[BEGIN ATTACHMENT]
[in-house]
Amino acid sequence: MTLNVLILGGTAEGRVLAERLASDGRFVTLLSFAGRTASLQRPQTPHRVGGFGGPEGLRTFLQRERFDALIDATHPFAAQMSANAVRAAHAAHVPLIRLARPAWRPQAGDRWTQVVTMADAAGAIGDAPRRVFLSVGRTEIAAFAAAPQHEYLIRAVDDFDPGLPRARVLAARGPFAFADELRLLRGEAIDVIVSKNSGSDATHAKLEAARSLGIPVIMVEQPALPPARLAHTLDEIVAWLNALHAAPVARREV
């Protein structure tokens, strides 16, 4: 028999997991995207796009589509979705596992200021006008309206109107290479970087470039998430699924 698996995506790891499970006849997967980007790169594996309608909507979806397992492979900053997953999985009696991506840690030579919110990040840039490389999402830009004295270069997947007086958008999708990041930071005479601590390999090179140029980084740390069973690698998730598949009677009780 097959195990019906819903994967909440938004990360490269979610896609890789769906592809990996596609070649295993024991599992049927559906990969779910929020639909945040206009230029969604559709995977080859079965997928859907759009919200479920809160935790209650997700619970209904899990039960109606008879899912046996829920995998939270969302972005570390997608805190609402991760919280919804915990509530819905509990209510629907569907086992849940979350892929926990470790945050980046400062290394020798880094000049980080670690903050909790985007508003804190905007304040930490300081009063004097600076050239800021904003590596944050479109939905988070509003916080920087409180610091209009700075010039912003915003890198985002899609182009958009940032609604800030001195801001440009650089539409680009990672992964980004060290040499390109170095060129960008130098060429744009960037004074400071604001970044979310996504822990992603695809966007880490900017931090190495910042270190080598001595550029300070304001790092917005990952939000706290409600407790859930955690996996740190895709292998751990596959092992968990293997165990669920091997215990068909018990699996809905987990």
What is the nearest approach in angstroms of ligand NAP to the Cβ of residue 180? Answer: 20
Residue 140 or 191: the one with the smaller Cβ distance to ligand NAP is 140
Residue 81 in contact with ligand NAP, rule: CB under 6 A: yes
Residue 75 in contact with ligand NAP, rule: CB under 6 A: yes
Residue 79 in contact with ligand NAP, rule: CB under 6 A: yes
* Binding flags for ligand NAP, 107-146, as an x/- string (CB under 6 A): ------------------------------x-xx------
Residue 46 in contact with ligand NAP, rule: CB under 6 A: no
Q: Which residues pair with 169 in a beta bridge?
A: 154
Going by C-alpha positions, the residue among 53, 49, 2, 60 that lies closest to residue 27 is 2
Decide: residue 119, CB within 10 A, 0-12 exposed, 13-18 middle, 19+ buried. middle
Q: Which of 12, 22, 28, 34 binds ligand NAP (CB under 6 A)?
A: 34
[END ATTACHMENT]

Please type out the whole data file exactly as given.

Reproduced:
[in-house]
Amino acid sequence: MTLNVLILGGTAEGRVLAERLASDGRFVTLLSFAGRTASLQRPQTPHRVGGFGGPEGLRTFLQRERFDALIDATHPFAAQMSANAVRAAHAAHVPLIRLARPAWRPQAGDRWTQVVTMADAAGAIGDAPRRVFLSVGRTEIAAFAAAPQHEYLIRAVDDFDPGLPRARVLAARGPFAFADELRLLRGEAIDVIVSKNSGSDATHAKLEAARSLGIPVIMVEQPALPPARLAHTLDEIVAWLNALHAAPVARREV
């Protein structure tokens, strides 16, 4: 028999997991995207796009589509979705596992200021006008309206109107290479970087470039998430699924 698996995506790891499970006849997967980007790169594996309608909507979806397992492979900053997953999985009696991506840690030579919110990040840039490389999402830009004295270069997947007086958008999708990041930071005479601590390999090179140029980084740390069973690698998730598949009677009780 097959195990019906819903994967909440938004990360490269979610896609890789769906592809990996596609070649295993024991599992049927559906990969779910929020639909945040206009230029969604559709995977080859079965997928859907759009919200479920809160935790209650997700619970209904899990039960109606008879899912046996829920995998939270969302972005570390997608805190609402991760919280919804915990509530819905509990209510629907569907086992849940979350892929926990470790945050980046400062290394020798880094000049980080670690903050909790985007508003804190905007304040930490300081009063004097600076050239800021904003590596944050479109939905988070509003916080920087409180610091209009700075010039912003915003890198985002899609182009958009940032609604800030001195801001440009650089539409680009990672992964980004060290040499390109170095060129960008130098060429744009960037004074400071604001970044979310996504822990992603695809966007880490900017931090190495910042270190080598001595550029300070304001790092917005990952939000706290409600407790859930955690996996740190895709292998751990596959092992968990293997165990669920091997215990068909018990699996809905987990």
What is the nearest approach in angstroms of ligand NAP to the Cβ of residue 180? Answer: 20
Residue 140 or 191: the one with the smaller Cβ distance to ligand NAP is 140
Residue 81 in contact with ligand NAP, rule: CB under 6 A: yes
Residue 75 in contact with ligand NAP, rule: CB under 6 A: yes
Residue 79 in contact with ligand NAP, rule: CB under 6 A: yes
* Binding flags for ligand NAP, 107-146, as an x/- string (CB under 6 A): ------------------------------x-xx------
Residue 46 in contact with ligand NAP, rule: CB under 6 A: no
Q: Which residues pair with 169 in a beta bridge?
A: 154
Going by C-alpha positions, the residue among 53, 49, 2, 60 that lies closest to residue 27 is 2
Decide: residue 119, CB within 10 A, 0-12 exposed, 13-18 middle, 19+ buried. middle
Q: Which of 12, 22, 28, 34 binds ligand NAP (CB under 6 A)?
A: 34